I can't forget the day I saw it clearly.  The day I realized something is definitely wrong.  The day I said, "We are done keeping an eye on him.  We are going to the doctor."  It was the Sunday after Easter and we had decided it would be a fun treat to take everyone to the indoor pool to celebrate the end of "Spring Break."

Aaron stood before me in just his swim trunks.  I was shocked.  I felt an uneasy anxiety in my chest as I stared at him.  His skin was chalky and gray.  His arms and legs and waist were uncommonly thin.  His eyes were sunken and his cheeks hollow.  At the pool, Aaron got out of the water after 10 minutes.  My loves-to-swim son was too tired to stay in.  He sat on a deck chair practically begging to leave.  Oh my God.  How could I have let it get to this point?  I wanted to get him to the doctor immediately.  Monday morning seemed so far away, but we would have to wait until the next day to take him to the pediatrician. 

That night I Googled it all, and it came up again.  Diabetes.  I still had no idea what that meant. 

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a photo of Aaron taken about 1 week before his diagnosis

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Know the signs and symptoms of type 1 diabetes...
and don't hesitate to call your pediatrician if you recognize them in your child.

Common symptoms of diabetes: 

Urinating often 
Feeling very thirsty 
Feeling very hungry, even though you are eating 
Extreme fatigue 
Blurry vision 
Cuts/bruises that are slow to heal 
Weight loss,  even though you are eating more (type 1) 

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Please check back throughout the week for Parts 3, 4, and 5 of this series.

Monday, April 7, 2014

1 Year of Type 1 Diabetes :: Part 1 :: Introduction

Hi.  My name is Theresa.  I have five children.  One of them has type 1 diabetes.  His name is Aaron.  This is our story.

I confess.  I never would have read a blog post about type 1 diabetes before Aaron's diagnosis.  I didn't really know what it was.  I didn't closely know anyone else living with it.  I had no real reason to educate myself about it.  

Aaron was diagnosed one year ago, and I got educated pretty darn quick.  We have had a year of education and adjustment, and I know enough now to know that living with diabetes means learning and adjusting for the rest of your life.  Thanks to modern medicine, type 1 diabetes is treatable, and once controlled with the proper treatments, it generally will not prevent a person from living a long and full life.  But it is always present, it always presents risks, and it must always to be monitored and attended to.  In many ways it "invades" every part of the day and nearly everything that you do.  

Type 1 diabetes is most often (but not always) diagnosed in children.  It typically falls on the parents to manage their child's diabetes and to train and educate him along the way at the appropriate times.  Ultimately, he will be mange his own health, but in the mean time, it is a family effort.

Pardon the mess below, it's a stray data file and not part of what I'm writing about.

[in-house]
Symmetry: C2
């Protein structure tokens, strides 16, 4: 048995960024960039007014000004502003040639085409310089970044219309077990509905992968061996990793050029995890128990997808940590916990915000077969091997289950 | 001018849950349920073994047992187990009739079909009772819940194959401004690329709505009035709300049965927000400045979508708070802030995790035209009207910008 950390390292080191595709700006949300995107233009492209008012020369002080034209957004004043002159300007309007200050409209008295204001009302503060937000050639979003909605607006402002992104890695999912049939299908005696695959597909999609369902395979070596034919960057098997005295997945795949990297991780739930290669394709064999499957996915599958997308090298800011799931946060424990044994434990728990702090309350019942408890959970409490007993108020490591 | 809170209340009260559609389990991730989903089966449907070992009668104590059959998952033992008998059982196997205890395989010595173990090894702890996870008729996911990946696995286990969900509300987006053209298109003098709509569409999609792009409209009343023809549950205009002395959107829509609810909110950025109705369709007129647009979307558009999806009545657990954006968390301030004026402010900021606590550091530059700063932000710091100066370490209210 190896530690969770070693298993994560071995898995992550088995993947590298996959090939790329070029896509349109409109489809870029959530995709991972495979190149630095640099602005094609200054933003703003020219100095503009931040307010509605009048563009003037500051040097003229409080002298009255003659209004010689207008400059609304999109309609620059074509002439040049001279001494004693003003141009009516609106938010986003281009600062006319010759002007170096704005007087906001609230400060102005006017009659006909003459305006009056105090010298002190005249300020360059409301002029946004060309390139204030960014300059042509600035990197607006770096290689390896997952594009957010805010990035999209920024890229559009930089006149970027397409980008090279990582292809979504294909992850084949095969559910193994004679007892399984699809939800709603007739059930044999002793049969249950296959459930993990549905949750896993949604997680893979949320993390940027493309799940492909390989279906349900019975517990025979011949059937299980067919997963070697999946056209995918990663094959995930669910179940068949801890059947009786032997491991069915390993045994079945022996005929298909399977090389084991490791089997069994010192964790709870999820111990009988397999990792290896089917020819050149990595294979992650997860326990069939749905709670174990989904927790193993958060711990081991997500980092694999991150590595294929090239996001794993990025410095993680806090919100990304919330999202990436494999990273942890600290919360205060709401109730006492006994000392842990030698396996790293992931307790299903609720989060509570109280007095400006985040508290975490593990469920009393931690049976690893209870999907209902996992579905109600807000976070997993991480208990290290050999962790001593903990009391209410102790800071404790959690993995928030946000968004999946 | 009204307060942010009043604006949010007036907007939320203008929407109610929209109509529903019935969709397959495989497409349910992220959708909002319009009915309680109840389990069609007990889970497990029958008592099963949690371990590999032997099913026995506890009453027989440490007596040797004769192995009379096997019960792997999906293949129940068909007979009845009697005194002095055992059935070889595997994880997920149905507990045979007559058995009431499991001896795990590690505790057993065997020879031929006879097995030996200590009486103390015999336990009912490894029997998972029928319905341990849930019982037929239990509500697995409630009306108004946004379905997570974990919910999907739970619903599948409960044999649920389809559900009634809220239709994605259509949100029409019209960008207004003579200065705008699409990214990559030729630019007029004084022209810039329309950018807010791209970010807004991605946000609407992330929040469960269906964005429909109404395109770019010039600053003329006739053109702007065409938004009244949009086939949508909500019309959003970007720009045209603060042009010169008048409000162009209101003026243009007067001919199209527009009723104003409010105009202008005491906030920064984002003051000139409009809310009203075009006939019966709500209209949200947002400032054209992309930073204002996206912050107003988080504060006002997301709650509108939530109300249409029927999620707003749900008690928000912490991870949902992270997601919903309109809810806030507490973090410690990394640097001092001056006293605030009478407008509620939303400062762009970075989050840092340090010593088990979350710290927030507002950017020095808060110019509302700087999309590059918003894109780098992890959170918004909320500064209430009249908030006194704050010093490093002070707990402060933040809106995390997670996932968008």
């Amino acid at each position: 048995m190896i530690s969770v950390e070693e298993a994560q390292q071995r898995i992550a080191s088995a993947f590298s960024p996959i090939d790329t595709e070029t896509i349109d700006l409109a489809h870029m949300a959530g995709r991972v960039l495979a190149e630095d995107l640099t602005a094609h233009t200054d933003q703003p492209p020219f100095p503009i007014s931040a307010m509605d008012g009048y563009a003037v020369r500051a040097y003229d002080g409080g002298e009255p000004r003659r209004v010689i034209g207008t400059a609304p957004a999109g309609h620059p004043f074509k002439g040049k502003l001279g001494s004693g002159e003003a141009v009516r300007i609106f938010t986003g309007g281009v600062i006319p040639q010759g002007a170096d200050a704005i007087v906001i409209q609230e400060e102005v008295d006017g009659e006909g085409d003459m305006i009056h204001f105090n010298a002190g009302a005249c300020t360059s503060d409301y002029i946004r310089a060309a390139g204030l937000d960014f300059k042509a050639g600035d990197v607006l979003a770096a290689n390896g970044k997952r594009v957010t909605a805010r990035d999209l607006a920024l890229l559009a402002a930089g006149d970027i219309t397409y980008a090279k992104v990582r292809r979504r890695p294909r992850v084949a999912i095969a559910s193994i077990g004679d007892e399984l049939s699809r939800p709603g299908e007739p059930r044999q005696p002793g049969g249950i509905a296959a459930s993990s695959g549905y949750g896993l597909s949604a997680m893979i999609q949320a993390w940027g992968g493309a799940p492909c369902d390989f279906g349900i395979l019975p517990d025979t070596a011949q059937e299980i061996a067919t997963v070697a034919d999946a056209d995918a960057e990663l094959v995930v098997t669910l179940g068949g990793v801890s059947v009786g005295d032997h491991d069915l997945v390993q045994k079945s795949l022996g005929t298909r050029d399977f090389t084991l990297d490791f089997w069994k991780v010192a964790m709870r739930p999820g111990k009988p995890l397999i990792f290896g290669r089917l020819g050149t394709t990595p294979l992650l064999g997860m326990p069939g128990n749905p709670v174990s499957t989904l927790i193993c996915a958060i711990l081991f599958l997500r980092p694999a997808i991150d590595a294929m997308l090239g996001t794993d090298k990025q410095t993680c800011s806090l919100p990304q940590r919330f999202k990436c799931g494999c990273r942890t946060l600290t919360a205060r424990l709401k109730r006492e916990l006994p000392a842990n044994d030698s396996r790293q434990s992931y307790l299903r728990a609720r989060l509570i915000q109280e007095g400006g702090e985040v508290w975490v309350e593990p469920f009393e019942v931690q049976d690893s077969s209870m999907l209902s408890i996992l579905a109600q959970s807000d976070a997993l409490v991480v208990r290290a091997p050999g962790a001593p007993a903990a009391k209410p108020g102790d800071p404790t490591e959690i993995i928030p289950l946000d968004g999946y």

That is why I decided to write this series on our first year of parenting a child with type 1 diabetes.  Because even though it is a somewhat common and (blessedly) treatable illness, it is an immensely significant part of our family's daily life.  It is for any family that has a member diagnosed with the disease.  The responsibility of caring for a diabetic child** is often confusing, frustrating, and stressful.  But after one year, it is now easier to see the patterns and the plan.  I hope that sharing some of Aaron's story and some of what we've learned over the year will help educate any who may be interested.  But most especially, I hope to reassure other families who may be at the beginning of their own first year of caring for a child with type 1 diabetes.  

** note: I have read that it is not "good manners" to refer to a person with diabetes as "a diabetic."  I agree.  And we do not ever verbally refer to Aaron that way.  However, when writing about it, it is often easier and less cumbersome to use the term, rather than to say "a child who has type 1 diabetes" over and over.  I hope you understand :)  

* * * * * *

This series will be in five parts   It was written as a way for me to look back and gather my thoughts on Aaron's diagnosis and our education and adjustment over the past year.  This was Part 1, the Introduction.  Part 2 reflects on the weeks before he was diagnosed.  Part 3 is about when we received his diagnosis.  Part 4 is "What is type 1 Diabetes."  Part 5 recalls what it was like immediately after his diagnosis and where we're at today.  

I will happily take your questions and comments throughout the series.  I am not a medical professional (had to get that disclaimer in there!).  I'm just a mother who loves her children and who lives with, and cares for, a type 1 diabetic day in and day out (and through the night, as well!)   I hope I can answer your questions based on my knowledge and experience, but if I cannot, I will tell you so and will try to point you to someplace/someone who can.

For now, here are some resources that have been invaluable to my husband and me. 

American Diabetes Association website, info on type 1

     * This book is a fabulous resource for families with diabetic children to have on hand.  It is intended to be a guide for non-primary/parent care givers such as daycare workers, teachers, coaches, grandparents, etc... But even I learned a lot from it.  And we have already passed it on to family members.  I highly recommend it!